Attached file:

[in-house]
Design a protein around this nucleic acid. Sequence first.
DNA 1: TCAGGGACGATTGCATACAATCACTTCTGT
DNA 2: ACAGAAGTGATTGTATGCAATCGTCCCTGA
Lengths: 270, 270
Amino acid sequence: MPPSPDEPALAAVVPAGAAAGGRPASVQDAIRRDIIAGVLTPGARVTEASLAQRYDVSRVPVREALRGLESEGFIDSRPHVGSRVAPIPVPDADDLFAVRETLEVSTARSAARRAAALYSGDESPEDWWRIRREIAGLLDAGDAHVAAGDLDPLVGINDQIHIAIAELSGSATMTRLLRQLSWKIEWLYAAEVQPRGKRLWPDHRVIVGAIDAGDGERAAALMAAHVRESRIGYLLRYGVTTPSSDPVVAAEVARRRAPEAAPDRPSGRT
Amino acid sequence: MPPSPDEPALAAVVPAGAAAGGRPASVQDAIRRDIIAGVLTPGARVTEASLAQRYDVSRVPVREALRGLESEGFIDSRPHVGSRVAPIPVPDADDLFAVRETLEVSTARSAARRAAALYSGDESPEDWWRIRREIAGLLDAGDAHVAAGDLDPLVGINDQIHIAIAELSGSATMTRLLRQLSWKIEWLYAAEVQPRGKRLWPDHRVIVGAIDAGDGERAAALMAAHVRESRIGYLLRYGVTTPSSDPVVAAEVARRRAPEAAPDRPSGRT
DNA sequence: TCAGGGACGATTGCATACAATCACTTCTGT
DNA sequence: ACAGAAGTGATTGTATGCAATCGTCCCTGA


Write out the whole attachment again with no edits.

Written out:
[in-house]
Design a protein around this nucleic acid. Sequence first.
DNA 1: TCAGGGACGATTGCATACAATCACTTCTGT
DNA 2: ACAGAAGTGATTGTATGCAATCGTCCCTGA
Lengths: 270, 270
Amino acid sequence: MPPSPDEPALAAVVPAGAAAGGRPASVQDAIRRDIIAGVLTPGARVTEASLAQRYDVSRVPVREALRGLESEGFIDSRPHVGSRVAPIPVPDADDLFAVRETLEVSTARSAARRAAALYSGDESPEDWWRIRREIAGLLDAGDAHVAAGDLDPLVGINDQIHIAIAELSGSATMTRLLRQLSWKIEWLYAAEVQPRGKRLWPDHRVIVGAIDAGDGERAAALMAAHVRESRIGYLLRYGVTTPSSDPVVAAEVARRRAPEAAPDRPSGRT
Amino acid sequence: MPPSPDEPALAAVVPAGAAAGGRPASVQDAIRRDIIAGVLTPGARVTEASLAQRYDVSRVPVREALRGLESEGFIDSRPHVGSRVAPIPVPDADDLFAVRETLEVSTARSAARRAAALYSGDESPEDWWRIRREIAGLLDAGDAHVAAGDLDPLVGINDQIHIAIAELSGSATMTRLLRQLSWKIEWLYAAEVQPRGKRLWPDHRVIVGAIDAGDGERAAALMAAHVRESRIGYLLRYGVTTPSSDPVVAAEVARRRAPEAAPDRPSGRT
DNA sequence: TCAGGGACGATTGCATACAATCACTTCTGT
DNA sequence: ACAGAAGTGATTGTATGCAATCGTCCCTGA